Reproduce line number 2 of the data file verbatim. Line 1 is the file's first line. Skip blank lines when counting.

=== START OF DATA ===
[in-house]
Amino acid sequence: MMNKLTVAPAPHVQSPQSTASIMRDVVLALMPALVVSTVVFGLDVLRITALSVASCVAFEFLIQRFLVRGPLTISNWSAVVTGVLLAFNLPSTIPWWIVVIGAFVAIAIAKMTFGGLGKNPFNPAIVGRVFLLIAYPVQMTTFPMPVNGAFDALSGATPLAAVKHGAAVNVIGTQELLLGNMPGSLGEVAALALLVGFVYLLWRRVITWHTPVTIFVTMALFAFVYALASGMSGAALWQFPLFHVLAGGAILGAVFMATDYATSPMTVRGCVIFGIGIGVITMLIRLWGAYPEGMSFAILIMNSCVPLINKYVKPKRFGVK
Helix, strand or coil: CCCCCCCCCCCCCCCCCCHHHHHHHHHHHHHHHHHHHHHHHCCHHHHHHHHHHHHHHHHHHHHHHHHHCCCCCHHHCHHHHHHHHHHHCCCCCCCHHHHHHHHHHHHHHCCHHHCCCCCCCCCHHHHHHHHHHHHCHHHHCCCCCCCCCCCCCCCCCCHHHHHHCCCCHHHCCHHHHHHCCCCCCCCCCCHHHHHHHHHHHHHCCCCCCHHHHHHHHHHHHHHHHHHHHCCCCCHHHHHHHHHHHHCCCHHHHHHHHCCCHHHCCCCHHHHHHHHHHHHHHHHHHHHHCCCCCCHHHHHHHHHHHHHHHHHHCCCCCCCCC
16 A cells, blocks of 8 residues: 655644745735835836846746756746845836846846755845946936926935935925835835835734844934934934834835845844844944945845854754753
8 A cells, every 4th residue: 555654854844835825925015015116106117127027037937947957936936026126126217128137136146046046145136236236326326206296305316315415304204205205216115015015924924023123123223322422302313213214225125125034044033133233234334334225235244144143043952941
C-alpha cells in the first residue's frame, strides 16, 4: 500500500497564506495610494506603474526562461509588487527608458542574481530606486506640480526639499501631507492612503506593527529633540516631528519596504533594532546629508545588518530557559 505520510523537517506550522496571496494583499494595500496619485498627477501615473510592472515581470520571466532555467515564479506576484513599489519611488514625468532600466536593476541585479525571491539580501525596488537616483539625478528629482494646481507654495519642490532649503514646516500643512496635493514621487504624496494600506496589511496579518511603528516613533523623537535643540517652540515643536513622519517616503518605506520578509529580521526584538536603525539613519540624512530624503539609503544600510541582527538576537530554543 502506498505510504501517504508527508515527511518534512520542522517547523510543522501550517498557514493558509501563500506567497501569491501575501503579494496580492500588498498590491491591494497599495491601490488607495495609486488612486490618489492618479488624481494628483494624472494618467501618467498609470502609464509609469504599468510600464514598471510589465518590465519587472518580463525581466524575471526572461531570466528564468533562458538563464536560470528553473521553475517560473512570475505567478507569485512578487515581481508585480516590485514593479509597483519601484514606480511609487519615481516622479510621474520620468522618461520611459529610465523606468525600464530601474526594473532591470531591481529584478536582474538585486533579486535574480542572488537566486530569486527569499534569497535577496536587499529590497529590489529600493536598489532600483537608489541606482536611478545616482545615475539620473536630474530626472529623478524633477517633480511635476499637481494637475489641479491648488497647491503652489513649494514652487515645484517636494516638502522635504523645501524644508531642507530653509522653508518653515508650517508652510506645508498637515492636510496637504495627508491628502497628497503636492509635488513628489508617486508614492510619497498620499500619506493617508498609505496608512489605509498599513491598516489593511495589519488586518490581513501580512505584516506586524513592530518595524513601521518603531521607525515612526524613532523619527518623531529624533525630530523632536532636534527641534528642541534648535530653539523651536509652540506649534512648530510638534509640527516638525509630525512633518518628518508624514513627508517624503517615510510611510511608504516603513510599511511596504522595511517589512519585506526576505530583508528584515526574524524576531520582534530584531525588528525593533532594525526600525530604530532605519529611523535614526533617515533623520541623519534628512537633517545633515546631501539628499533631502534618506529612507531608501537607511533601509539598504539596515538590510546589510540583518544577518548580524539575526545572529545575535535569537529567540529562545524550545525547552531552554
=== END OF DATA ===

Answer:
Amino acid sequence: MMNKLTVAPAPHVQSPQSTASIMRDVVLALMPALVVSTVVFGLDVLRITALSVASCVAFEFLIQRFLVRGPLTISNWSAVVTGVLLAFNLPSTIPWWIVVIGAFVAIAIAKMTFGGLGKNPFNPAIVGRVFLLIAYPVQMTTFPMPVNGAFDALSGATPLAAVKHGAAVNVIGTQELLLGNMPGSLGEVAALALLVGFVYLLWRRVITWHTPVTIFVTMALFAFVYALASGMSGAALWQFPLFHVLAGGAILGAVFMATDYATSPMTVRGCVIFGIGIGVITMLIRLWGAYPEGMSFAILIMNSCVPLINKYVKPKRFGVK